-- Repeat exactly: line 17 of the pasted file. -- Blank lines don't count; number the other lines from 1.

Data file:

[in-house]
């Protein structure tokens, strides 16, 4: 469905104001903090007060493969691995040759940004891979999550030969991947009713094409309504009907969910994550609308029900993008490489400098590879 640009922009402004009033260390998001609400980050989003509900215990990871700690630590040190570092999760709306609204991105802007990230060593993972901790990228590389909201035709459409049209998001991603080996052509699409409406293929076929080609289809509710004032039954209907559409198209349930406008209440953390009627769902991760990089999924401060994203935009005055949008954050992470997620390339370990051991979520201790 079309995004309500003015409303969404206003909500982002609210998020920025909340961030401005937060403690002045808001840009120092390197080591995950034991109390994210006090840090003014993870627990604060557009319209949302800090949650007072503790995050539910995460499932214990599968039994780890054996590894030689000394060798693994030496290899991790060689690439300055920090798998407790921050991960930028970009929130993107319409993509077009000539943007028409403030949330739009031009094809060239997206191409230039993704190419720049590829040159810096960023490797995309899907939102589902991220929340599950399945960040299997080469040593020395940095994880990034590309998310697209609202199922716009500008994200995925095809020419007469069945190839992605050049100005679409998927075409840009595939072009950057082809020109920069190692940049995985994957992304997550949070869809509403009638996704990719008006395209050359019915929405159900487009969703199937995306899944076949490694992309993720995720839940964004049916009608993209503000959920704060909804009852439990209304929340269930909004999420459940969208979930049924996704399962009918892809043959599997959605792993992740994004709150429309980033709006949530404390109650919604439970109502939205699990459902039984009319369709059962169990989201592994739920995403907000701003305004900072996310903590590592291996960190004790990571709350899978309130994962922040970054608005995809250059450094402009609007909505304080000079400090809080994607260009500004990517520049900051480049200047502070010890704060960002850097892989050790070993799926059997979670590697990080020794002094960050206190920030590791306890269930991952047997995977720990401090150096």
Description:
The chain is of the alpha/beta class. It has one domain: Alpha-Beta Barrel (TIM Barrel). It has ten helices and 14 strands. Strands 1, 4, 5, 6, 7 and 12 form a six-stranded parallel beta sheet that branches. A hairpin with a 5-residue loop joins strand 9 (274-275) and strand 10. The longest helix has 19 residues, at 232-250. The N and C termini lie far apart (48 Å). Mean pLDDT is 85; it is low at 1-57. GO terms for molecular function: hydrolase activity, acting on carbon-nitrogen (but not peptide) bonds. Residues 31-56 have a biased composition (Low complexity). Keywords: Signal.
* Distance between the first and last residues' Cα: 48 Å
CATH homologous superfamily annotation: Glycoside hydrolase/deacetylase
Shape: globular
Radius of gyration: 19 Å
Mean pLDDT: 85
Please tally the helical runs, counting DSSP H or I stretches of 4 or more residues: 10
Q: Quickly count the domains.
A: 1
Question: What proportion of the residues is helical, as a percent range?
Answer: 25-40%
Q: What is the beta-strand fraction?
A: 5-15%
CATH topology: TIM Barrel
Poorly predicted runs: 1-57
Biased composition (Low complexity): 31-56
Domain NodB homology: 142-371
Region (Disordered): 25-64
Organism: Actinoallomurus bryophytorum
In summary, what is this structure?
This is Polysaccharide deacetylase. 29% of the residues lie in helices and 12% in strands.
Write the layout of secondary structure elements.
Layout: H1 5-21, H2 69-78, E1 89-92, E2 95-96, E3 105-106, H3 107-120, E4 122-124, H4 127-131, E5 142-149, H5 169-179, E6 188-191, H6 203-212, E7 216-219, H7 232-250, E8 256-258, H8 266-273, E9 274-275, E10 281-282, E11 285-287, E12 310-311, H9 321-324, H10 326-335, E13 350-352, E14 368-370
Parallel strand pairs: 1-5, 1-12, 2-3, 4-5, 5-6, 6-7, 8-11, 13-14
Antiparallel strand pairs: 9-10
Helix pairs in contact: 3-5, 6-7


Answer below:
CATH topology: TIM Barrel